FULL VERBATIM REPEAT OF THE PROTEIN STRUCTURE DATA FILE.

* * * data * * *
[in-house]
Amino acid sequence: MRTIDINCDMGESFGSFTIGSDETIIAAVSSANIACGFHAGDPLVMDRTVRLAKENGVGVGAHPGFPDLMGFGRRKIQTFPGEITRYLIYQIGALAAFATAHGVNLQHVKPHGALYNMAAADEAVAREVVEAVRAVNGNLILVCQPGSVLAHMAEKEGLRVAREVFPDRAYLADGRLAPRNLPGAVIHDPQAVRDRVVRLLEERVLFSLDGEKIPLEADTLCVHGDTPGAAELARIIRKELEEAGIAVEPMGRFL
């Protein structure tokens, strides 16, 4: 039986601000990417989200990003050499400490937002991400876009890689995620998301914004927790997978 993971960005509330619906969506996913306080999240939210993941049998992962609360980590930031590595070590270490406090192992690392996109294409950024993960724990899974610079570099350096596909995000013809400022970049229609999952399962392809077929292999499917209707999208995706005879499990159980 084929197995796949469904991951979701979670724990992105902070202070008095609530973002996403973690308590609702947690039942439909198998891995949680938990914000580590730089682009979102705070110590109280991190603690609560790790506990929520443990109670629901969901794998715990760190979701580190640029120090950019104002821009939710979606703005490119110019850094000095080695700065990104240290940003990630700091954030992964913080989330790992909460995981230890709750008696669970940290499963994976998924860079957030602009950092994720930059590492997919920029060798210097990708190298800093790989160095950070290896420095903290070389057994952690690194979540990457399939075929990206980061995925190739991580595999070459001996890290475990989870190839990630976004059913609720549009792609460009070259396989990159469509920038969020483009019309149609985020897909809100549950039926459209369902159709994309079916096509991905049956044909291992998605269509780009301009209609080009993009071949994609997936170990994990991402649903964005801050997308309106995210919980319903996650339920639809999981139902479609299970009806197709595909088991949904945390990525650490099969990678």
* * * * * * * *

[in-house]
Amino acid sequence: MRTIDINCDMGESFGSFTIGSDETIIAAVSSANIACGFHAGDPLVMDRTVRLAKENGVGVGAHPGFPDLMGFGRRKIQTFPGEITRYLIYQIGALAAFATAHGVNLQHVKPHGALYNMAAADEAVAREVVEAVRAVNGNLILVCQPGSVLAHMAEKEGLRVAREVFPDRAYLADGRLAPRNLPGAVIHDPQAVRDRVVRLLEERVLFSLDGEKIPLEADTLCVHGDTPGAAELARIIRKELEEAGIAVEPMGRFL
């Protein structure tokens, strides 16, 4: 039986601000990417989200990003050499400490937002991400876009890689995620998301914004927790997978 993971960005509330619906969506996913306080999240939210993941049998992962609360980590930031590595070590270490406090192992690392996109294409950024993960724990899974610079570099350096596909995000013809400022970049229609999952399962392809077929292999499917209707999208995706005879499990159980 084929197995796949469904991951979701979670724990992105902070202070008095609530973002996403973690308590609702947690039942439909198998891995949680938990914000580590730089682009979102705070110590109280991190603690609560790790506990929520443990109670629901969901794998715990760190979701580190640029120090950019104002821009939710979606703005490119110019850094000095080695700065990104240290940003990630700091954030992964913080989330790992909460995981230890709750008696669970940290499963994976998924860079957030602009950092994720930059590492997919920029060798210097990708190298800093790989160095950070290896420095903290070389057994952690690194979540990457399939075929990206980061995925190739991580595999070459001996890290475990989870190839990630976004059913609720549009792609460009070259396989990159469509920038969020483009019309149609985020897909809100549950039926459209369902159709994309079916096509991905049956044909291992998605269509780009301009209609080009993009071949994609997936170990994990991402649903964005801050997308309106995210919980319903996650339920639809999981139902479609299970009806197709595909088991949904945390990525650490099969990678």